Attorney Ginger Jacobs Speaks About Immigration Policy with Polish Newspaper
December 11, 2018
Tygodnik Powszechny, a Polish Roman Catholic weekly magazine that focuses on key global social and cultural topics, recently featured attorney Ginger Jacobs. Attorney Jacobs shares her expertise defending clients in immigration disputes in the article. She argues that the modern period has brought with it new obstacles, many of which are tied to increased bureaucracy and what appears to be an effort by immigration courts and the federal government to make it more difficult for lawyers to defend their clients.
Removal orders for illegal immigrants were mostly granted under the Obama administration for people who committed criminal charges, were gang members, or dealt drugs, according to Attorney Jacobs. However, under the Trump administration, her organization is seeing an increase in instances involving clients facing deportation who have no criminal past.
Immigration and Customs Enforcement (ICE) authorities detained a Mexican woman, according to attorney Jacobs. The woman, who arrived in the United States over ten years ago and got her visa stamped at the border. “It’s quite unusual for ICE to be interested in one of my clients who has no criminal background so long after a procedural violation,” Jacobs says.
Until recently, immigration judges authorized “administrative closure” of low-priority cases, which gave immigrants with no criminal past a way to achieve legal status and avoid deportation.
Judges evaluated the following factors while deciding whether an individual should be designated as low-priority and thus awarded administrative closure:
- whether the immigrant is integrated into the public;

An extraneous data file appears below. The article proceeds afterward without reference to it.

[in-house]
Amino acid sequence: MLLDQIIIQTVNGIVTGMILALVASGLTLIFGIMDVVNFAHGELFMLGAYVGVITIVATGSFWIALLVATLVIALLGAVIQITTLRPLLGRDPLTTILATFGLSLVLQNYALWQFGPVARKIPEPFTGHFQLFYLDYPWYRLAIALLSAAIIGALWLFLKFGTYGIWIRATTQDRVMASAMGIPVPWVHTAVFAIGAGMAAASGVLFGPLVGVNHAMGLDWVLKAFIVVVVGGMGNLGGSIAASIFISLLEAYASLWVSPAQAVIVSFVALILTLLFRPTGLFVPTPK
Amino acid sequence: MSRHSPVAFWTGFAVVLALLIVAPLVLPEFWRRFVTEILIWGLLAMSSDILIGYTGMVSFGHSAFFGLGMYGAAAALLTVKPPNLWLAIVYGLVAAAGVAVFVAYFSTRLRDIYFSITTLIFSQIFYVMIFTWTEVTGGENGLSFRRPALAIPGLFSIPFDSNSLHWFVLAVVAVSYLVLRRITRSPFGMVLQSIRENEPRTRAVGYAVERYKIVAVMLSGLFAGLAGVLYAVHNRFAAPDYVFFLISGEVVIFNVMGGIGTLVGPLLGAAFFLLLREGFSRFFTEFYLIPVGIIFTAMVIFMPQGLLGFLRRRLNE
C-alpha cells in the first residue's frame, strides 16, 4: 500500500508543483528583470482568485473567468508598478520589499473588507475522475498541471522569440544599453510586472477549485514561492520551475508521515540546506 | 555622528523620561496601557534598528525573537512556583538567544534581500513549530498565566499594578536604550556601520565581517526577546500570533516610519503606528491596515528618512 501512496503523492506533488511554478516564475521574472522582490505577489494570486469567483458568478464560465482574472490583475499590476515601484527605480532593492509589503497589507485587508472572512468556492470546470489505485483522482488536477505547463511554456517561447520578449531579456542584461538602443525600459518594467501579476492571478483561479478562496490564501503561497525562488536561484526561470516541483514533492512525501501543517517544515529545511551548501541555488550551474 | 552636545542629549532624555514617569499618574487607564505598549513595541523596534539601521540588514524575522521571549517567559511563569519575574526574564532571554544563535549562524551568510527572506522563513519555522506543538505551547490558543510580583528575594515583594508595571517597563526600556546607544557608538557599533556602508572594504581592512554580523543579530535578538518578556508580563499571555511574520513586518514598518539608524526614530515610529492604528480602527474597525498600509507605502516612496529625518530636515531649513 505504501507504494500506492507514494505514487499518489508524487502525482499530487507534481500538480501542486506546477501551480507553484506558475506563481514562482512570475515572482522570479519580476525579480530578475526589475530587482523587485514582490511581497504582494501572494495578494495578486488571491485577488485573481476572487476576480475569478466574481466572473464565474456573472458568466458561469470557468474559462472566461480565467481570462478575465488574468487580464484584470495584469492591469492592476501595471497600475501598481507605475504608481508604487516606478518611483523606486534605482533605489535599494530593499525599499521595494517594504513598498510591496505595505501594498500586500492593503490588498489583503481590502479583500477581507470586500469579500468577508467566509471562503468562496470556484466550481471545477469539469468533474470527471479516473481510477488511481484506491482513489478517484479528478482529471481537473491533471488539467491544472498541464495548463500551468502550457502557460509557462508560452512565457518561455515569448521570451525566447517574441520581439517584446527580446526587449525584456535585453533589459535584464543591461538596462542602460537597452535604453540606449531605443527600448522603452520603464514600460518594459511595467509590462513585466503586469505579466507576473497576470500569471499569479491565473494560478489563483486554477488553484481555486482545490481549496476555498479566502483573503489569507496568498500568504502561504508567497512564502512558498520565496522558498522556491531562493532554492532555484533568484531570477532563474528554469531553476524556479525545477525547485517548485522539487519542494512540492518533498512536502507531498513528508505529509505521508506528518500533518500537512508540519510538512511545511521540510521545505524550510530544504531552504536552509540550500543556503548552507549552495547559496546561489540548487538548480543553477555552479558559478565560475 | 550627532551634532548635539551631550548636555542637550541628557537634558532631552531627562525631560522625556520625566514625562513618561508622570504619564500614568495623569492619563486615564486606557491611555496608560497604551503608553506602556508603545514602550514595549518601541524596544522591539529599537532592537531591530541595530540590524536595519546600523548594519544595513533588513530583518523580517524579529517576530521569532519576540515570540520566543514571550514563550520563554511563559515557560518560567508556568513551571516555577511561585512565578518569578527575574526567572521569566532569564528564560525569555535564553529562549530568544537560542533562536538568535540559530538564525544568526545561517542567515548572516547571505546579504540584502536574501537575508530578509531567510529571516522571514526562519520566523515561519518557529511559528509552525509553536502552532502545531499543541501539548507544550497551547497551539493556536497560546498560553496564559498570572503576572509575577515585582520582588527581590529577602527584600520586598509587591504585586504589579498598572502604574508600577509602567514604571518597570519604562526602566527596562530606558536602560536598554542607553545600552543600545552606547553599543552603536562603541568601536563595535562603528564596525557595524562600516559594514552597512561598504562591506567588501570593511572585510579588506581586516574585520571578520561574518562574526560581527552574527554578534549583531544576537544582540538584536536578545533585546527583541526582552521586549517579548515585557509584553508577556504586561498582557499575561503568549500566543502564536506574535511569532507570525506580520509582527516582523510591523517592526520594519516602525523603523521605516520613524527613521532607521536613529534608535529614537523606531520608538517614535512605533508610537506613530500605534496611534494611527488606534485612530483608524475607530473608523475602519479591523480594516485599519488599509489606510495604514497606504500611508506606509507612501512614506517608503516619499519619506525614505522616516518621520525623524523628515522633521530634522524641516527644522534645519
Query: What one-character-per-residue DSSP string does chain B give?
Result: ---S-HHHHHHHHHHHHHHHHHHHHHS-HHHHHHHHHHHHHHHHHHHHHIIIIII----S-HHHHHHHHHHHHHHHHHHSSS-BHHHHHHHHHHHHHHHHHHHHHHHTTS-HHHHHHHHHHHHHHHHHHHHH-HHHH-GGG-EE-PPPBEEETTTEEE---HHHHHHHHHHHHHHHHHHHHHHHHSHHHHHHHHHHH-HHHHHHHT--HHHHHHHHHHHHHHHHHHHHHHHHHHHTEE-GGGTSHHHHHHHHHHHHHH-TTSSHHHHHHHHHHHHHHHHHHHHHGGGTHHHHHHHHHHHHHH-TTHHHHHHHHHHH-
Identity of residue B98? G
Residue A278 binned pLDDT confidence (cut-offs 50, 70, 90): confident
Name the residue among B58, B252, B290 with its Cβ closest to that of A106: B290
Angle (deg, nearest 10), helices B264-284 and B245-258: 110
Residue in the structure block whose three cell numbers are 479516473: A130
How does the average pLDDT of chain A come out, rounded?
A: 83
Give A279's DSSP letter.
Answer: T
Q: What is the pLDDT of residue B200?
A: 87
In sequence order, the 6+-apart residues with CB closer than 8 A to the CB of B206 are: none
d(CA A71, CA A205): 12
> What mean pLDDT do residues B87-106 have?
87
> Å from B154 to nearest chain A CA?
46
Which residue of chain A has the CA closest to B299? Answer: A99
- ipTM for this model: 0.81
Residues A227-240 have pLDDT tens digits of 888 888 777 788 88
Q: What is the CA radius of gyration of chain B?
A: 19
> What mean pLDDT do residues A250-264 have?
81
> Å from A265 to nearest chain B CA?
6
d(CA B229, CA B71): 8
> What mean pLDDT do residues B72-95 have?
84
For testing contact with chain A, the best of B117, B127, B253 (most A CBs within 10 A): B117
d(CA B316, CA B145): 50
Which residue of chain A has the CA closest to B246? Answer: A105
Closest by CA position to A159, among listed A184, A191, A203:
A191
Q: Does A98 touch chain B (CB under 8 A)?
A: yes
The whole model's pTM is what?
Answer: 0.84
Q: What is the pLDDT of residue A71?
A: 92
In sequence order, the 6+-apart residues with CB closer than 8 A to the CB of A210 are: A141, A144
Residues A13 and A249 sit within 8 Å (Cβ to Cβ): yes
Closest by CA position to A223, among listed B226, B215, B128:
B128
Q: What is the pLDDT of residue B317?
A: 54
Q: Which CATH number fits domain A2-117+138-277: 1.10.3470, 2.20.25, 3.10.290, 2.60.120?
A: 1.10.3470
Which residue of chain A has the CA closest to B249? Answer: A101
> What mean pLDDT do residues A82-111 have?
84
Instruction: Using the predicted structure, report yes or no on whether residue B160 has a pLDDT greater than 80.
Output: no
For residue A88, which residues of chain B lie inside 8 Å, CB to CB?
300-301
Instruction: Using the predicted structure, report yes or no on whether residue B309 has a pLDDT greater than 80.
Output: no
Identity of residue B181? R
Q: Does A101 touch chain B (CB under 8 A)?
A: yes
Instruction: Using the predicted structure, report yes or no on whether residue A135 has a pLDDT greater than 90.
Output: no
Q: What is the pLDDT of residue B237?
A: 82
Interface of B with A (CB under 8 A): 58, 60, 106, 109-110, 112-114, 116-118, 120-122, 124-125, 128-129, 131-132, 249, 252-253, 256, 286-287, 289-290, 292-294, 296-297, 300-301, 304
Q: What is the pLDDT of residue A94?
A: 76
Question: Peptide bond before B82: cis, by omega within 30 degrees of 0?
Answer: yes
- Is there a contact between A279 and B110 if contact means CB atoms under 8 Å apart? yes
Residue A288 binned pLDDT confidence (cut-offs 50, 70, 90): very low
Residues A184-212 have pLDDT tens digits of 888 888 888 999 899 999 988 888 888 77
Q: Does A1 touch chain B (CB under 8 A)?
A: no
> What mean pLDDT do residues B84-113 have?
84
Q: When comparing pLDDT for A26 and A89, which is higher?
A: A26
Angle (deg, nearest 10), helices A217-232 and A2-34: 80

- how long they have lived in the U.S.; and
- whether they have family members who are U.S. citizens.
The Trump administration, on the other hand, has been pushing to take away the ability of immigration judges to award administrative closure. Former Attorney General Jeff Sessions formally limited immigration judges’ ability to make such decisions in May. Limiting the ability to issue administrative closures restricts immigration judges’ discretion and requires the imposition of decisions that the judge may consider are harmful to US citizens and communities. The Trump administration has been pushing for stricter immigration laws and policies while also seeking to weaken government employees’ capacity to exercise discretion, which has generally been utilized to prevent unnecessary harm caused by overly tight enforcement of the law. As many have noted, this has the consequence of creating a system that produces decisions that appear cruel and draconian (e.g. family separation of asylum seeker).
Attorney Jacobs notes in the Tygodnik Powszechny article that Jeff Sessions’ decision to limit administrative closures shattered years of collaboration between immigration lawyers and ICE attorneys. “If I had compelling reasons for an immigrant to be in the United States,” attorney Jacobs stated, “I could persuade the ICE attorney to support the request for administrative closure of the case.” Attorney Jacobs’ clients were spared disproportionate sanctions, and the US taxpayers were spared a large quantity of money, thanks to the cooperation enabled by administrative closure. The attorneys at Jacobs & Schlesinger are concerned by the loss of administrative closure and will continue to urge for its reinstatement.